Last Legends of Irth

Act One, Session Four
In which the group have three fights and a discovery...

The Skeletons proved difficult work but once the Wizard, Madran had been revived from his trance-like state, the tide turned and they were eventually vanquished. The curious chamber began to warp and dissipate, leaving the group standing on the grassy cairn, next to the ruins of the old tower.

With the group back together, they took breakfast in the village and then struck out west again towards Gdwyr.

On the road, Gerhart suddenly got a sense of something approaching and the party – all except Madran the wizard – left the road to hide in the surrounding trees. Sure enough, along the road came a black-cloaked rider who stopped to confront Madran, demanding that he produce, ‘the boy’. Whilst doing so, Custler hurled his warhammer at the creature wounding it whilst Madran used his ‘spectral hand’ to unfasten the creature’s saddle, causing it to drop to the ground. A fight ensued in which the creature was vanquished before it could make a single attack. After the confrontation, thoughts turned immediately to whom, exactly the boy was and why he was being sought. Convinced that it must be Gerhart, he confessed to having taken a book from his temple and it must be him that their pursuers wanted. Dissatisfied but not wanting to detract from the greater mission, the group opted to proceed, one eye now firmly fixed on Gerhart.

After several more days travel, the group were finally approaching Gdwyr when from the forest on the side of the road broke, what appeared to be an Orc scouting party accompanied by wolves. A savage battle ensued and upon defeating the scouts, the sound of marching was heard from over the rise…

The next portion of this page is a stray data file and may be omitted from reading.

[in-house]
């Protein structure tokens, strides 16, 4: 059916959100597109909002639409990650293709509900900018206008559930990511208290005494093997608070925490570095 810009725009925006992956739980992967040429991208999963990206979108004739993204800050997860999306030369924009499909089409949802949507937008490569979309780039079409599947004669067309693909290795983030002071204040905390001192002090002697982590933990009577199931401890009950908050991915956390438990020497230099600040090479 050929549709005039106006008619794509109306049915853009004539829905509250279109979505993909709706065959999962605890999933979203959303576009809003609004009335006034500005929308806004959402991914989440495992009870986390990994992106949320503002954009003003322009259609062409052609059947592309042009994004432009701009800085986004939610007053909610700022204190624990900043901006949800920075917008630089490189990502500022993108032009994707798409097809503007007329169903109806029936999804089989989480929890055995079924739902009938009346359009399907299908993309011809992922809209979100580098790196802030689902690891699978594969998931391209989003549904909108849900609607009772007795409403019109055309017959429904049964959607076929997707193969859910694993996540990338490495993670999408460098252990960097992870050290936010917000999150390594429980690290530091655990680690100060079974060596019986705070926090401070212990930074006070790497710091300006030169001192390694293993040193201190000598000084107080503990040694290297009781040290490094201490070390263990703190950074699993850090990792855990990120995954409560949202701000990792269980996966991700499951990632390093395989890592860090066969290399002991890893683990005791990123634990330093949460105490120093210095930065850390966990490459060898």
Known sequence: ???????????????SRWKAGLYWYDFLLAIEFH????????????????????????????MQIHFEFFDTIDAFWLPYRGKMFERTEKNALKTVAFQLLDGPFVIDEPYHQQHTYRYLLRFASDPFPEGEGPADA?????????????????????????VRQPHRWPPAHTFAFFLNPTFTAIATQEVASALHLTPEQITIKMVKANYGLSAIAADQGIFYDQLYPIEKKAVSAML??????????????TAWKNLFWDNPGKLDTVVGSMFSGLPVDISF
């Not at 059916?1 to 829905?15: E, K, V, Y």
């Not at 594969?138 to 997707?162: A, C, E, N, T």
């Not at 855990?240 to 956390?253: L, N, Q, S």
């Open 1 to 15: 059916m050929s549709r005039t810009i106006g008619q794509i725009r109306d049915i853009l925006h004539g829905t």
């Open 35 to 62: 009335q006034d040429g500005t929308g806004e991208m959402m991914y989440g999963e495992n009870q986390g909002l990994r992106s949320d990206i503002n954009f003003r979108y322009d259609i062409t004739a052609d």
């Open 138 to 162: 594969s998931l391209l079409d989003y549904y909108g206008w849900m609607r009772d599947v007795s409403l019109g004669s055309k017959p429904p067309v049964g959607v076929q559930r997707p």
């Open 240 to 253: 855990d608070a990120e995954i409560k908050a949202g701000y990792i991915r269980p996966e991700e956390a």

Act One, Session Three
In which the players discover that Goblin Hexers are sneaky (and dangerous) little sods.

With the Imps dead, silence descends on the village green. The party rest for the night in the inn. The rooms provided free of charge by the delighted Inn-keeper. Gerhart makes his excuses and sets off down the road. He must spend the night giving worshipful thanks to his deity. During the night, he sits in an open field and spies an old, ruined tower silhouetted against the cloudless, starry sky. He senses a faint aura of evil from it but it is too far distant to be of any concern so he puts it out of his mind. In the morning, he returns to the inn and discovers his friends searching for the Wizard, Madran who has disappeared during the night. Gerhart believes the tower may be connected somehow and sure enough, a quick search reveals the Wizard’s footprints heading away from the inn, north towards the tower. Before the party head off, the Innkeeper and the grateful villagers gather together to thank the heroes for ridding their village of the dreadful Imps and offer them several items that they have accrued over the years. The group take the items gratefully and set off to rescue their friends, despite the villagers’ warnings of goblins and great evil at the tower.

The tower sits atop a small hill, ringed at it’s foot by a small but dense forest. At the edge of the forest, the heroes spy small, crude Goblin fetishes hanging from branches. Tiny clusters of sticks and rodent and bird skulls, feet and feathers. Possibly some sort of ward or alarm system to alert the goblins of the forest. Sure enough, once they are deep enough into the woods, thanks to Gerhart tripping over and making a dreadful racket, they are ambushed by a small party of goblins. It’s a tough fight with the goblins quickly gaining the upper hand but before long the tide is turned and the goblins put to the sword – all bar one sniper that manages to flee.

After a short rest, the group continue on their way to the tower, clearing the woods, and scaling the steep slope up to the top of the hill and the foot of the tower. It is a three storey ruin, with only two storeys remaining. Overgrown and covered in weeds and creepers, it has but one entrance, an archway that has a perfectly black dimensional portal covering it.